I have been anxious to get outside and visit more of the amazing nature areas nearby but the weather has been less than cooperative in that arena. Even on the day that Quinta Mazatlan celebrated the monarch butterfly with their Monarch Festival, there was a 30-40% chance of rain. I decided to risk it and go anyway. It rained on the way there so I was mentally prepared to just find a place to go have breakfast. But the rain finally stopped about 10 miles from McAllen and held off until I was driving home.
The colorful entry really brightened up an otherwise pretty gray day. I loved the vibrant orange umbrellas overhead and the striking red bougainvilleas down the walkway. There was lively music playing and the parade celebrating the monarch butterfly was about to start when I arrived.
Monarch Fest — Celebrating the Monarch Butterfly at Quinta Mazatlan
This year was the 3rd annual City of McAllen Monarch Festival, a festival to celebrate the northern migration of the monarch butterfly. The celebration featured art, education, food and entertainment. There were lots of fun activities for kids but there was plenty for adults as well. Click on the video to check it all out.
The Monarch Butterfly
Monarch butterflies are strikingly beautiful and one of the most recognizable butterflies in the world. They live in North, Central, and South America as well as Australia, some Pacific Islands, India, and Western Europe. Some say they are called monarch because they are considered to be the king of butterflies. Their average wingspan is about 4 inches but it can reach nearly 5 inches.
Their beautiful, distinct orange, black and white coloring actually sends a message to predators that they are poisonous. The caterpillars feed exclusively on milkweed which contains a toxic poison that builds up and is stored in their bodies. As a result, a predator eating a monarch probably won’t die but it will get sick enough that it likely will not try to eat another one!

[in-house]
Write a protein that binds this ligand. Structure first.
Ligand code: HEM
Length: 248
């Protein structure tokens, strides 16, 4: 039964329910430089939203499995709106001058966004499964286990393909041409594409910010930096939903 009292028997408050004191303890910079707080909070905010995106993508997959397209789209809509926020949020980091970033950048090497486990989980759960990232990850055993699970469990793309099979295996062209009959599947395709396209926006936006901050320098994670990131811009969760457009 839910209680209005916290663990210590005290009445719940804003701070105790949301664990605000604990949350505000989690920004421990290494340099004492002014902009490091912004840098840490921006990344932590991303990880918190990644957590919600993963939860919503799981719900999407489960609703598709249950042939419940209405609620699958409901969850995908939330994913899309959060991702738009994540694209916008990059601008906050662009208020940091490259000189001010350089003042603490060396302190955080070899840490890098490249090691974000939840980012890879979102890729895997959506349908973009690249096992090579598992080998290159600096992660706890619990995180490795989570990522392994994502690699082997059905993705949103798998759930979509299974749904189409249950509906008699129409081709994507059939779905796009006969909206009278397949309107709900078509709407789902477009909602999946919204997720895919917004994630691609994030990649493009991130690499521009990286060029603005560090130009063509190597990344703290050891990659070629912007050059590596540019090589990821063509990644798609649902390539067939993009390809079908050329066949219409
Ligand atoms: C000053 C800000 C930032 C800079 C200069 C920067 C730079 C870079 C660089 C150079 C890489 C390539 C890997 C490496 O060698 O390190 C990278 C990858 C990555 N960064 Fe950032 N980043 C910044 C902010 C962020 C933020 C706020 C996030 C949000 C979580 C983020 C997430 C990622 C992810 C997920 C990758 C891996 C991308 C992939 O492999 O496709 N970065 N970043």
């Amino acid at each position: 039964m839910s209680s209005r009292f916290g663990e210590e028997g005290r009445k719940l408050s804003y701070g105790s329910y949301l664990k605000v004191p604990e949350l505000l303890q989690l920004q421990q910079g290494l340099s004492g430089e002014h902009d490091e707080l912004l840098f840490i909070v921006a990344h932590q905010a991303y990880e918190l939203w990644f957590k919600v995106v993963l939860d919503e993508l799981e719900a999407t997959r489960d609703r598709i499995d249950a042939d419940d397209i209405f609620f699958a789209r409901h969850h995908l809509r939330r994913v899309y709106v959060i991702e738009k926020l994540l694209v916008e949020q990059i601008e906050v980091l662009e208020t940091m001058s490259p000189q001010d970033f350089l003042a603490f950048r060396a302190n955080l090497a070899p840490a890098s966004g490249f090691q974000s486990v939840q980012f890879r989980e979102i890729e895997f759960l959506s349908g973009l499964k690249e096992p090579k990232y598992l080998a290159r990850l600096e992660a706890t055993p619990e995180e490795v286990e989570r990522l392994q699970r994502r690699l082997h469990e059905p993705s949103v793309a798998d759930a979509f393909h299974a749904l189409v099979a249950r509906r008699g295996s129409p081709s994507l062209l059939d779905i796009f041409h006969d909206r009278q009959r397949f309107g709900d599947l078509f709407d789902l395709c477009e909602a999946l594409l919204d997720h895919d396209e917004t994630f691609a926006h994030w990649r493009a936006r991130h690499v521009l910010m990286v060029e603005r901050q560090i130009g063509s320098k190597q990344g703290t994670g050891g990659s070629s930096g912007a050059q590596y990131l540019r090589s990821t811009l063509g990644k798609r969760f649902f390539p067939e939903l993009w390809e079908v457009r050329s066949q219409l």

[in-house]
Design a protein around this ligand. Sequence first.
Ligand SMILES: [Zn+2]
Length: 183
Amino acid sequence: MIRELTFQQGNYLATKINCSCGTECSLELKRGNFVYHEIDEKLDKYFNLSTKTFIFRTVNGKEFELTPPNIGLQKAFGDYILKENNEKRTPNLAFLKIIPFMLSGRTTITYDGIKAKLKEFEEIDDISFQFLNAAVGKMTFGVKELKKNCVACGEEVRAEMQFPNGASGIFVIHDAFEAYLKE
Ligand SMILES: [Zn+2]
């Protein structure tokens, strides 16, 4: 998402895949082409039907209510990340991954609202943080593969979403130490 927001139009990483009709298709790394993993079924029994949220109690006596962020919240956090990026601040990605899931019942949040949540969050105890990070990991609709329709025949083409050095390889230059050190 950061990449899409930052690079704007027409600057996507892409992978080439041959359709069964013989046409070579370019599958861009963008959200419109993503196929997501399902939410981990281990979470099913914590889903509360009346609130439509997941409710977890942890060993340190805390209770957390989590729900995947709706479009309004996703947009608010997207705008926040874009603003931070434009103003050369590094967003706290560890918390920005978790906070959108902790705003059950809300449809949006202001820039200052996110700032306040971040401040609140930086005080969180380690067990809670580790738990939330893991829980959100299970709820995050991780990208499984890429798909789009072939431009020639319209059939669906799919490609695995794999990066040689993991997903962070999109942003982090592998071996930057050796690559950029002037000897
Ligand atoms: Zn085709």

Monarch Butterfly Life Stages and North American Migration
Monarch butterflies go through four generations in one year. The first three generations go through the same process, living 2-6 weeks, while making the northern migration.
- In February and March, the monarch comes out of hibernation to find a mate
- After mating, the males die
- The females then begin migrating north and east to find a place to lay their eggs
- Eggs are laid on milkweed plants in March and April
- Eggs hatch in about four days
- After about two weeks, the fully grown caterpillar will find a place to attach itself and transform into a chrysalis
- After just 10 days, a fully formed butterfly will emerge
- During the 2-6 weeks of the butterfly’s life, it will feed, lay eggs and continue moving north
- The second generation hatches in May and June
- The third generation hatches in July and August
The fourth generation goes through the same life cycle process with a bit of a difference.
- Eggs hatch in September and October
- They live up to 9 months
- They make the entire epic migration south to the Sierra Madre Mountains in Mexico or west to southern California
- The migration distance can be as much as 3,000 miles
- Monarchs can travel 50-100 miles per day
- Millions of monarchs make the trip south to roost and hibernate
Why do Butterflies Matter?
What makes butterflies important? Why do we celebrate them?
- Besides adding a tremendous amount of beauty and whimsy to the world, butterflies are pollinators. This is by far the most consequential reason they matter. As adults, butterflies feed on flower nectar and pick up pollen on their bodies. Like bees, they carry this pollen from plant to plant. This is so important because about one third of the food we eat depends on pollination.